Oscar Wilde famously wrote that people “know the price of everything and the value of nothing” suggesting there is a difference between the two concepts of price and value. In the power market, due to some of its structural features, it is even more confusing as you also need to deal with the cost of power, which may again be different.

The below, derived from an article I wrote almost 15 years ago, tries to make sense of the differences between the 3, and how these are ultimately decided by political choices.

Solar PV in bioenergiedorf Juende, Lower Saxony, Germany.

Hungary could start accepting household applications to join the country’s feed-in tariff scheme again “as soon as this year,” Minister of Energy Affairs Csaba Lantos said in an interview published in the latest issue of weekly Mandiner.


After decades of ideological mismanagement of the blocs’ electricity market policy, change may be on the horizon. The EU’s policy has nearly obliterated the continent’s renewable energy industry, leading to the easily predictable–and predicted–dependence on Russian gas and oil. It took the invasion of Ukraine and skyrocketing energy prices for the EU to ask “how did we get it so wrong.”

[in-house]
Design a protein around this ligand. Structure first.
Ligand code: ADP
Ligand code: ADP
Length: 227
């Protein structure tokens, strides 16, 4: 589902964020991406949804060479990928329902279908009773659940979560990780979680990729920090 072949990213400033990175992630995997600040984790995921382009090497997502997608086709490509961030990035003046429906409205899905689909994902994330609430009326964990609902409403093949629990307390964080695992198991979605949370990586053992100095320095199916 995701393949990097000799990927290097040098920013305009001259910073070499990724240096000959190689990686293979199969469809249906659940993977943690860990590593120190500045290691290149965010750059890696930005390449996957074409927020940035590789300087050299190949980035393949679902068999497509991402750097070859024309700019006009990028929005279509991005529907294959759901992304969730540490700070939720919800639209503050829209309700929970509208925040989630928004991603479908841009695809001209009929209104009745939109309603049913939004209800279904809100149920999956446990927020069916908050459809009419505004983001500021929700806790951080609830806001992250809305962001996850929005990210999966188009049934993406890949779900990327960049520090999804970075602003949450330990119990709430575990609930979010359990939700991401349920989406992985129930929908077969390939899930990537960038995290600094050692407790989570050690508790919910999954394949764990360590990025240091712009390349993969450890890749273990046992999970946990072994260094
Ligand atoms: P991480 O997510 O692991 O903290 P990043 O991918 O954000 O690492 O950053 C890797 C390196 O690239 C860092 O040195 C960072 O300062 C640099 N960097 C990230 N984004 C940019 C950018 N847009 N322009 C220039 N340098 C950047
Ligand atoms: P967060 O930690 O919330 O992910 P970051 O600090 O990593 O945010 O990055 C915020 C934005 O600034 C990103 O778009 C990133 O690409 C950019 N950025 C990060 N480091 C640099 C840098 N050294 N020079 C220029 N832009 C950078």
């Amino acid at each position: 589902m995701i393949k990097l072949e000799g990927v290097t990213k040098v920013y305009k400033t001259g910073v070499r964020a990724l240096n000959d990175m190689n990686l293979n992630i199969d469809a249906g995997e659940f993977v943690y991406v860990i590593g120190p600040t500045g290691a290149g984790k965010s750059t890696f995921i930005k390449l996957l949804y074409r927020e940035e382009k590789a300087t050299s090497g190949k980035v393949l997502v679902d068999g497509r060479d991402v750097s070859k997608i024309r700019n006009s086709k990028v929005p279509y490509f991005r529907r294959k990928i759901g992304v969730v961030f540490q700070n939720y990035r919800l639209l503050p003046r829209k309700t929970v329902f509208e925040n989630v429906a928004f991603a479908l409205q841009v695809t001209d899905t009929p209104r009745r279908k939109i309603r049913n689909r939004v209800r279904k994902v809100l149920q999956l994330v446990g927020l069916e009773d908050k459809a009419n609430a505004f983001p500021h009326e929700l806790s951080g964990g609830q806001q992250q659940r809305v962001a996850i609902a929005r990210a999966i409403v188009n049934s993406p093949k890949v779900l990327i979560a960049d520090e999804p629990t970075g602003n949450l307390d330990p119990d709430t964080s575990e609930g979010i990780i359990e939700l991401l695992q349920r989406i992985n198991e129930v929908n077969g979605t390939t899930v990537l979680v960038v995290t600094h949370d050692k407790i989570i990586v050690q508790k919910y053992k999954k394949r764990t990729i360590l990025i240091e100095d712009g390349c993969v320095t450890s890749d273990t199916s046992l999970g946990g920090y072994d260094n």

Lazy and Incorrect Use of the Word Subsidy

A “subsidy” is a straightforward allocation of taxpayer money by a public authority to prop up the production of a good or service by the private sector, used to offset market failures and externalities for a greater good. A CfD, however, is a contract whereby one party (public or private) trades a volatile price for a good against a fixed price for the same good, and another party takes the symmetrical position. They are obviously different things.